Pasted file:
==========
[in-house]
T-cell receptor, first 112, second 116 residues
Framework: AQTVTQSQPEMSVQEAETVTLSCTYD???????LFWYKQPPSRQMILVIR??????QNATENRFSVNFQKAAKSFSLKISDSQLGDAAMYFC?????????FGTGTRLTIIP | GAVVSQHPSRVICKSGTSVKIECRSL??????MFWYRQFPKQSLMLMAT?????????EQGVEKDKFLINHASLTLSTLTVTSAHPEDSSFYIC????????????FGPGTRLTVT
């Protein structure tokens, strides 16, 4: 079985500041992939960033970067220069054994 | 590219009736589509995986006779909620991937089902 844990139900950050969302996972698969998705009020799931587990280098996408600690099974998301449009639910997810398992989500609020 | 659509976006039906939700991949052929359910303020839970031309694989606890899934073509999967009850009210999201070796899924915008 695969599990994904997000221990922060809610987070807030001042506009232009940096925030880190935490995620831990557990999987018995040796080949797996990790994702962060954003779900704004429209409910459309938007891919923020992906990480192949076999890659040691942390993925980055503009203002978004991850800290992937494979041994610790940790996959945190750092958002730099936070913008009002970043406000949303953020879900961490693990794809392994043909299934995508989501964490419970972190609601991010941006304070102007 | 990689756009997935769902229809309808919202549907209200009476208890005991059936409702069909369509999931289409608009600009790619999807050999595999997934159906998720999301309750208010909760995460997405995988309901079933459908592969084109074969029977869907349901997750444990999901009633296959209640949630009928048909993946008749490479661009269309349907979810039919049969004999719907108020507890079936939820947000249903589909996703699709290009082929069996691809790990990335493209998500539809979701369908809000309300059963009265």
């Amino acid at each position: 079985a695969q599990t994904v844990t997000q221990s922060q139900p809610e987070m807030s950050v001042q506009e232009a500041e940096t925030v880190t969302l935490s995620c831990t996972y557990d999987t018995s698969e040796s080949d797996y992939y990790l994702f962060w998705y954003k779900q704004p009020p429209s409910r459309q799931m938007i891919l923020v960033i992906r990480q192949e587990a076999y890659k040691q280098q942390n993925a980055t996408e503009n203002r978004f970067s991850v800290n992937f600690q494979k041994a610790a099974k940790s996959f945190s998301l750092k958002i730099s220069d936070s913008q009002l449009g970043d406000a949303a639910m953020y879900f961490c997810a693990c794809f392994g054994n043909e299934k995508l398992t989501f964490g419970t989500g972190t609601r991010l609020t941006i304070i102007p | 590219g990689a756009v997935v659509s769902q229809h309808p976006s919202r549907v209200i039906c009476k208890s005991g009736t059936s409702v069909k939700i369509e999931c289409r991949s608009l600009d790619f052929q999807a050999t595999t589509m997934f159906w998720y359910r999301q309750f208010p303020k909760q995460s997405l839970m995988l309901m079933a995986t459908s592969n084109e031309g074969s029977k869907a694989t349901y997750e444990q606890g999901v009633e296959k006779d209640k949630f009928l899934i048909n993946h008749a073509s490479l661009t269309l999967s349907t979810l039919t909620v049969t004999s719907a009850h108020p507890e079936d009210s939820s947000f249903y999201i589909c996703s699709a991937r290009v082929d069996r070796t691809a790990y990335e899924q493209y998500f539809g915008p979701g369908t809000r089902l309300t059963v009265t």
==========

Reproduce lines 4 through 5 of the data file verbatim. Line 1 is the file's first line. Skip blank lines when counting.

């Protein structure tokens, strides 16, 4: 079985500041992939960033970067220069054994 | 590219009736589509995986006779909620991937089902 844990139900950050969302996972698969998705009020799931587990280098996408600690099974998301449009639910997810398992989500609020 | 659509976006039906939700991949052929359910303020839970031309694989606890899934073509999967009850009210999201070796899924915008 695969599990994904997000221990922060809610987070807030001042506009232009940096925030880190935490995620831990557990999987018995040796080949797996990790994702962060954003779900704004429209409910459309938007891919923020992906990480192949076999890659040691942390993925980055503009203002978004991850800290992937494979041994610790940790996959945190750092958002730099936070913008009002970043406000949303953020879900961490693990794809392994043909299934995508989501964490419970972190609601991010941006304070102007 | 990689756009997935769902229809309808919202549907209200009476208890005991059936409702069909369509999931289409608009600009790619999807050999595999997934159906998720999301309750208010909760995460997405995988309901079933459908592969084109074969029977869907349901997750444990999901009633296959209640949630009928048909993946008749490479661009269309349907979810039919049969004999719907108020507890079936939820947000249903589909996703699709290009082929069996691809790990990335493209998500539809979701369908809000309300059963009265």
């Amino acid at each position: 079985a695969q599990t994904v844990t997000q221990s922060q139900p809610e987070m807030s950050v001042q506009e232009a500041e940096t925030v880190t969302l935490s995620c831990t996972y557990d999987t018995s698969e040796s080949d797996y992939y990790l994702f962060w998705y954003k779900q704004p009020p429209s409910r459309q799931m938007i891919l923020v960033i992906r990480q192949e587990a076999y890659k040691q280098q942390n993925a980055t996408e503009n203002r978004f970067s991850v800290n992937f600690q494979k041994a610790a099974k940790s996959f945190s998301l750092k958002i730099s220069d936070s913008q009002l449009g970043d406000a949303a639910m953020y879900f961490c997810a693990c794809f392994g054994n043909e299934k995508l398992t989501f964490g419970t989500g972190t609601r991010l609020t941006i304070i102007p | 590219g990689a756009v997935v659509s769902q229809h309808p976006s919202r549907v209200i039906c009476k208890s005991g009736t059936s409702v069909k939700i369509e999931c289409r991949s608009l600009d790619f052929q999807a050999t595999t589509m997934f159906w998720y359910r999301q309750f208010p303020k909760q995460s997405l839970m995988l309901m079933a995986t459908s592969n084109e031309g074969s029977k869907a694989t349901y997750e444990q606890g999901v009633e296959k006779d209640k949630f009928l899934i048909n993946h008749a073509s490479l661009t269309l999967s349907t979810l039919t909620v049969t004999s719907a009850h108020p507890e079936d009210s939820s947000f249903y999201i589909c996703s699709a991937r290009v082929d069996r070796t691809a790990y990335e899924q493209y998500f539809g915008p979701g369908t809000r089902l309300t059963v009265t």